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Siouxland lawmakers denounce violent Capitol breach as 'anarchy,' 'banana republic'

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SIOUX CITY -- Amid a chaotic situation at the U.S. Capitol Wednesday, members of Siouxland's congressional delegation rushed to secure spaces as an angry mob of President Donald Trump's supporters stormed past police barricades and breached the House and Senate chambers

In a text to a Journal reporter around 2:30 p.m., Iowa 4th District Rep. Randy Feenstra said he was safe but "devastated by events that are happening." The Republican, who started his first term this week, called on the protesters to disperse.

Randy Feenstra 2021 official head shot


"It's every American's right to protest peacefully," Feenstra said in a tweet posted about an hour earlier. "Violence is never the answer. Thank you Capitol Police for working today & every day to keep us safe. If you or someone you know are a part of the protest, please remain peaceful & ask others to do the same. The world is watching."

An aide to Republican Iowa U.S. Sen. Charles Grassley, third in the presidential succession line, said he could not comment on Grassley's location for security reasons, but that he was with his usual capitol police protective detail.

Chuck Grassley


Sen. Joni Ernst town hall mug


Grassley's Twitter account later tweeted, "Thank you for your concern. Senator Chuck Grassley is in a secure location."

Fellow Republican Iowa Sen. Joni Ernst tweeted she and her staff were also safe, calling the spectacle and skirmishes between Trump supporters and police "anarchy."

"I served in uniform to defend the right to peacefully protest," Ernst, the first female combat veteran to serve in the Senate, tweeted. "What's happening at the Capitol right now is not peaceful nor a protest. It's anarchy, & a betrayal of the American ideals we all hold dear."

Deb Fischer


Sen. Deb Fischer, R-Nebraska, on Twitter said the rioters have no constitutional right to harm police and storm the Capitol.

"We are a nation of laws, not some banana republic," Fischer said. "This must end now."

The melee took place near the beginning of a congressional joint session for certification of electoral votes confirming Joe Biden as the next president. Some Republican officeholders were pushing against that, in support of Trump. At least 12 senators and more than 100 House members allied with Trump have pledged to challenge the results from several battleground states, citing Trump’s repeated, baseless charges of widespread fraud.

In a raucous, out-of-control scene, hundreds of supporters fought past police and breached security perimeters at the Capitol, shouting and waving Trump and American flags as they marched through the halls. The breach forced the evacuation of both chambers and several office buildings.

Dusty Johnson


"Well, I'm safe but it's been hard to see the United States Capitol overrun by people who crave violence," Rep. Dusty Johnson, South Dakota's only House member, told the Sioux Falls Argus Leader.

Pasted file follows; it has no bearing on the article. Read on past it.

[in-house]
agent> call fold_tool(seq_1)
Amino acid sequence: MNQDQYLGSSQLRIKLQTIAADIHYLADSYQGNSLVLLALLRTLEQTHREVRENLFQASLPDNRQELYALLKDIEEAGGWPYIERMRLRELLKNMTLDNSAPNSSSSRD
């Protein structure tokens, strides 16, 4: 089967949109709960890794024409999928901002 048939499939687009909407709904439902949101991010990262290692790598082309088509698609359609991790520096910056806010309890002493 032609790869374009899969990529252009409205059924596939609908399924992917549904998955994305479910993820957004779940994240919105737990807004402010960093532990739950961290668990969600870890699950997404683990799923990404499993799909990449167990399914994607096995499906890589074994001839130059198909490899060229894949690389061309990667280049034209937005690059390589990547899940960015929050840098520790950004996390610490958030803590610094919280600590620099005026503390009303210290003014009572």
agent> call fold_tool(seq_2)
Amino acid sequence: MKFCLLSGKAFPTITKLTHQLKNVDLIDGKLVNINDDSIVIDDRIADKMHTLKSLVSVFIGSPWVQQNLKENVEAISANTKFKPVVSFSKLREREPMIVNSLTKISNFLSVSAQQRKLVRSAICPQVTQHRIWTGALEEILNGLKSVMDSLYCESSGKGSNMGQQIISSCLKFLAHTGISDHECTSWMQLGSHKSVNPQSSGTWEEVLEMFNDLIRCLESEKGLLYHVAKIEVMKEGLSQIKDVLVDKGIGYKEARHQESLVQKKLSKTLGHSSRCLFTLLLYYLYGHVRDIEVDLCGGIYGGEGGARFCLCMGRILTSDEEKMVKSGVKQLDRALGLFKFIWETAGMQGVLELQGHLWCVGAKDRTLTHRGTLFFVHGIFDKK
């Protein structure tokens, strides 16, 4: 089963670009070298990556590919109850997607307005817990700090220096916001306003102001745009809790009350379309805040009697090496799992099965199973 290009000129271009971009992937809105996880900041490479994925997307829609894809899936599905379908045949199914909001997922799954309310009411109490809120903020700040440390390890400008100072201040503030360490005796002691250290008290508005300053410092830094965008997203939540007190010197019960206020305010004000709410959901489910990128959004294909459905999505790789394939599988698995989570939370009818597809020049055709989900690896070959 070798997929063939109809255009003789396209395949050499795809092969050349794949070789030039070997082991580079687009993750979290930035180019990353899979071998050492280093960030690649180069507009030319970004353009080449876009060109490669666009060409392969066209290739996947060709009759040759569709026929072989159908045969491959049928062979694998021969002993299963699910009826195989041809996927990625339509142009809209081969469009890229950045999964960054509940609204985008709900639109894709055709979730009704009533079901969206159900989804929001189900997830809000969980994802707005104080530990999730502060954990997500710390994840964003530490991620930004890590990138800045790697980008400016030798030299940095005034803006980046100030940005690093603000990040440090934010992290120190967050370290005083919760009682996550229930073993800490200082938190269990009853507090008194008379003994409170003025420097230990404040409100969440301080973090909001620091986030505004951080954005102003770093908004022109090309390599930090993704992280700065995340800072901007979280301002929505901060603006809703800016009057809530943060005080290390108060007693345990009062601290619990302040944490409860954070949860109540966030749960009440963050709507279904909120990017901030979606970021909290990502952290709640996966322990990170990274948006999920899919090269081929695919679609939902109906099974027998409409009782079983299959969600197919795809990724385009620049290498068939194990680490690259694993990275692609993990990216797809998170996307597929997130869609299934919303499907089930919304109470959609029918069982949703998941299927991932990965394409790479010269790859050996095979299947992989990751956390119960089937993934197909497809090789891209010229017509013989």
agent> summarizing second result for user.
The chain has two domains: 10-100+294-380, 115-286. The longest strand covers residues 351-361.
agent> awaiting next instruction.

Rep. Adrian Smith, the lone congressional member from Nebraska planning to object to the electoral results, called for calm at the Capitol.

U.S. Rep. Adrian Smith


"While many protesters are exercising their constitutional right to be heard peacefully, I urge all protesters to do so and to follow the directions of law enforcement," the 3rd District Republican congressman said in a statement.

U.S. Sen. Mike Rounds, R-S.D., called for the nation to "stand together in opposition to the violent acts and lawlessness."

"Violence and destruction are never the answer," Rounds said in a statement. "We are better than this, and it's past time for cooler heads to prevail. I continue to pray for our great country."

Mike Rounds mug


By early evening, law enforcement officials had secured the Capitol. House and Senate leaders vowed to reconvene Wednesday night to complete the certification of the electoral votes.

"The violent behavior at the Capitol is inexcusable and disgusting, but we won’t be deterred from our Constitutional duty," South Dakota Sen. John Thune, the Republican Majority whip, tweeted. "We need to work together to protect our democracy."

The tri-state governors also weighed in on the historic events.

"Standing with and praying for the brave men and women of the U.S. Capitol," Iowa Gov. Kim Reynolds tweeted. "Police and all who have been endangered by the violence and unrest happening at our nation’s capital. This behavior is unacceptable and not who we are as Americans."

Nebraska Gov. Pete Ricketts condemned the violence "in the strongest possible terms."

"Peaceful protest is the American way," Ricketts said in a tweet. "Violence and destruction of property is not. I encourage the protesters in D.C. to leave and go home."

South Dakota Gov. Kristi Noem tweeted that while "we are all entitled to peacefully protest, violence is not a part of that."

"What's happening in the Capitol right now must stop," Noem said.

Former Iowa 4th district Rep. Steve King, who ended his 18-year run in the House when his successor, Feenstra, took office, said in a tweet, "We the People have the right to "peaceably assemble, and to petition the Government for a redress of grievances.” But no right to violence, vandalism or criminal trespass. The system failed We the People. We must have a functional due process."

The Journal Des Moines Bureau and the Lincoln Journal Star contributed to this developing story. 

Nebraska delegation condemns violence by pro-Trump mob
Iowa Republicans decry mob violence at U.S. Capitol

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